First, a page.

Saturday, 22 May 2010

NESTA Mass Localism - on reflection

Over the last month I have been lucky enough to experience the thoughts and ideas of John Thackara and also attending the findings of NESTA's Mass Localism discussion paper. I have also through ARK been running a mini project on the creative networks within Cardiff and Wales. In short it has led me to a number of proposals which I hope make sense:

- The volunteer work with ARK seems to tie in neatly with the findings of NESTA and the fact that through small groups doing different things independently we can make real change on major issues.

- This brings a question of what if mini groups are doing similar things? do you leave them to do the same thing or do you try and link them up to create a stronger group. If you take John Thackara's idea then you let them flourish individually which also seems to be in line with NESTA's findings.

- There is then a question of this middle ground of when local has to be scaled up or not. In particular things such as food and agriculture and also house building. For me other recent findings have led me to question the very notion of 'localness' and small farms being the answer to food production in the future. If you havn't seen it then I suggest you have a look at the below video of Dan Barber. And the line in particular about measuring the success of the farm by the number of it's predators and also not feeding its livestock at all. This seems to me a question of scale and something that would be interesting if it can still be local. In the same way house building particularly in Britain seems to be dominated by large companies buying land and developing and building in traditional ways. While legislation is making these companies improve there quality in environmental terms it seems to me at least that legislation isn't the way of making a company or country innovative.

The most obvious and historically proven is to be at war 100's of inventions and developments have happened through war and have formed many of the things we now see as being essential to live day to day. The second and slightly less deadly would be to look at how other companies have managed to change there traditional views and turned themselves into innovative companies and it seems that it is through a huge internal cultural change. So people are not only working up to the legislative line they have innovation in built and use this to gain more work due to them being ahead of the curve.

- The future is also an issue for me in terms of things like hydro power etc. At the moment my understanding is that people/companies are part subsidised by the government for installing hydro, wind and solar energy systems into local landscapes. But if we take it to the extreme and in the future everyone sets up their own power station. Does that mean they will still pay money to buy the electricity? if this stops will these systems then become rundown as they will not be able to be maintained? I do not really know enough about this industry to know for sure, but I think it is interesting to think about these issues now. It also brings up other very interesting questions of one town which is energy rich 'giving' energy to others in exchange for something the other town does well. How can this work? what will energy companies of today turn into???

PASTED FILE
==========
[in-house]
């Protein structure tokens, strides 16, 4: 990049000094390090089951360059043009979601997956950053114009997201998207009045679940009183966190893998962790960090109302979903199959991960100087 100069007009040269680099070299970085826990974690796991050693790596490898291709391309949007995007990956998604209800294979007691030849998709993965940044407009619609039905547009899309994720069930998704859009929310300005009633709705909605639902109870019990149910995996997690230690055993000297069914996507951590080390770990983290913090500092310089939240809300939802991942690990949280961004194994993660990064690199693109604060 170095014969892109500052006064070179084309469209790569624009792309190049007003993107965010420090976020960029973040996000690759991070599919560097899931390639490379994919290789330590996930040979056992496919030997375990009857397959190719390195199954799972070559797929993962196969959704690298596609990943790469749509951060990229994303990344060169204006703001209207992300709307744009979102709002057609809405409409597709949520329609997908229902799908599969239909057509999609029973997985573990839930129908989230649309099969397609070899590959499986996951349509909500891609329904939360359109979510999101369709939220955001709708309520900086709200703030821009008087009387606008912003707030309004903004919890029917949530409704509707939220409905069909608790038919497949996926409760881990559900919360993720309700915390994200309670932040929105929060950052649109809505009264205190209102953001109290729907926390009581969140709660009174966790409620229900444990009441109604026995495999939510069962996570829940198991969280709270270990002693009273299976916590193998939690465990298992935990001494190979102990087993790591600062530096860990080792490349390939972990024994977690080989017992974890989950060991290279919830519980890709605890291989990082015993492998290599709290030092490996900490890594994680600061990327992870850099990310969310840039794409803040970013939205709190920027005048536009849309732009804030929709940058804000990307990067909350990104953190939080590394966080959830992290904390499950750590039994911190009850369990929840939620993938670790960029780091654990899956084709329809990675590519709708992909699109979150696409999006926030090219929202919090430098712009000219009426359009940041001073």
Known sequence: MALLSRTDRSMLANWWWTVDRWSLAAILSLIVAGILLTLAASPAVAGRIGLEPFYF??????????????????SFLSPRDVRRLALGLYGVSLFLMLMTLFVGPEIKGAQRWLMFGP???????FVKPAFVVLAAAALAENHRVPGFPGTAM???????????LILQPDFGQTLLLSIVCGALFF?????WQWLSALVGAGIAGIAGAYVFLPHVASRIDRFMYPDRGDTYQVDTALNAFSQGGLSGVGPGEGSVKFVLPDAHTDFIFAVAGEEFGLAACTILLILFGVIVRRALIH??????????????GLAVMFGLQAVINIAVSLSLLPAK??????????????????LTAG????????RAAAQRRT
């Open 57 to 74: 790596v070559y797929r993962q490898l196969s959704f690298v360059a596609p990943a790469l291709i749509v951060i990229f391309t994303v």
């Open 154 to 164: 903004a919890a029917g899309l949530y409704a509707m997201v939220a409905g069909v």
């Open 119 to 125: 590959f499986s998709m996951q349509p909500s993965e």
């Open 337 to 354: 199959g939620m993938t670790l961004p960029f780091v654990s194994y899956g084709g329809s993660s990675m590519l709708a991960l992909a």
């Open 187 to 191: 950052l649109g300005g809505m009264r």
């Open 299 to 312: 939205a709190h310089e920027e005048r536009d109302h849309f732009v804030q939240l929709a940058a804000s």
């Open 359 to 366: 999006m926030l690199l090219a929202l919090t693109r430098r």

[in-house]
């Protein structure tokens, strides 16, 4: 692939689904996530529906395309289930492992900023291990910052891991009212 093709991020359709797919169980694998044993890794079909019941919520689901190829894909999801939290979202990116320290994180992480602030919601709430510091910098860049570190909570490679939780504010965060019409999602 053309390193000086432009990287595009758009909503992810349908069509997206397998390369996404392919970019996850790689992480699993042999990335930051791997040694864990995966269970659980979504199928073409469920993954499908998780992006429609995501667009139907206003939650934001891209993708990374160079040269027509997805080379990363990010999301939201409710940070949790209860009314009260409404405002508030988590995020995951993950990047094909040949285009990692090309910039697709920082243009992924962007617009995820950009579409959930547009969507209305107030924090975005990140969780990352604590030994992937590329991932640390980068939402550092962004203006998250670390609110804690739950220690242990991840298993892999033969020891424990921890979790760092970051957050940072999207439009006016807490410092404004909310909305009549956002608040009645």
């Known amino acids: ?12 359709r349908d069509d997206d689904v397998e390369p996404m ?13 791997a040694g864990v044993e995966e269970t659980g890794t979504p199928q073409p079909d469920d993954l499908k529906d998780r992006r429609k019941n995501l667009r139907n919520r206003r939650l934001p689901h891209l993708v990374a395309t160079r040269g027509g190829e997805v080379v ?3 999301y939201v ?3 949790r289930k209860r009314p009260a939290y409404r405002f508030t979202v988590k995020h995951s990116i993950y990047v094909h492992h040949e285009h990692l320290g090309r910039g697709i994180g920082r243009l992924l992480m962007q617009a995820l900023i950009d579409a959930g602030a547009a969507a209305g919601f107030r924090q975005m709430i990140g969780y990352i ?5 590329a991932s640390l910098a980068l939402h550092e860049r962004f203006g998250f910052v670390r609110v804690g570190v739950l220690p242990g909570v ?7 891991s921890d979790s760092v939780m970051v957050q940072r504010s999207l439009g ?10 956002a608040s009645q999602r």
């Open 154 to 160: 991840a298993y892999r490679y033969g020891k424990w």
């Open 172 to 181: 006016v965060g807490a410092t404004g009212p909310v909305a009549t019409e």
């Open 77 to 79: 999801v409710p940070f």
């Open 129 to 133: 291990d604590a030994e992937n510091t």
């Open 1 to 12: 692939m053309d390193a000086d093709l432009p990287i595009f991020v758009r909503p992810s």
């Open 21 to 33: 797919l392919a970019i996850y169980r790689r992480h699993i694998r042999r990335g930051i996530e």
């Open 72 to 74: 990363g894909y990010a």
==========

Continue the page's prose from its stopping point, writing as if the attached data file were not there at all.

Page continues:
- This nicely brings me onto another issue which was raised during the NESTA seminar. The issue of power and how far does power move from government to the local areas where they know exactly what is going on. First view point is that 'mass localism' has proven that in general local communities can react and deal with huge issues in a quicker and cheaper way rather than being dictated to by using a universal model. So government has to start giving support to these communities in different ways than it does know. Secondly will government really give this power away to local communities? is it a step too far? will councils etc be disbanded as towns and communities will start doing everything for themselves?

- Finally I am starting to think about the wider world and how we are making certain materials harder and harder to find. A few months ago I attended an E:DN event where a chemist introduced us to the periodic table with loads of colours on it. At first I thought looks really nice then he went on to explain that due to some of these elements being used in things like phones etc and then spread around the worked these elements are becoming in essence extinct. So as well as designing we much now start asking is there enough of this material to make millions of them. So who decides this in the future? who says yes to one manufacturer and no to the other?

Just a few thoughts I wonder what other people think?

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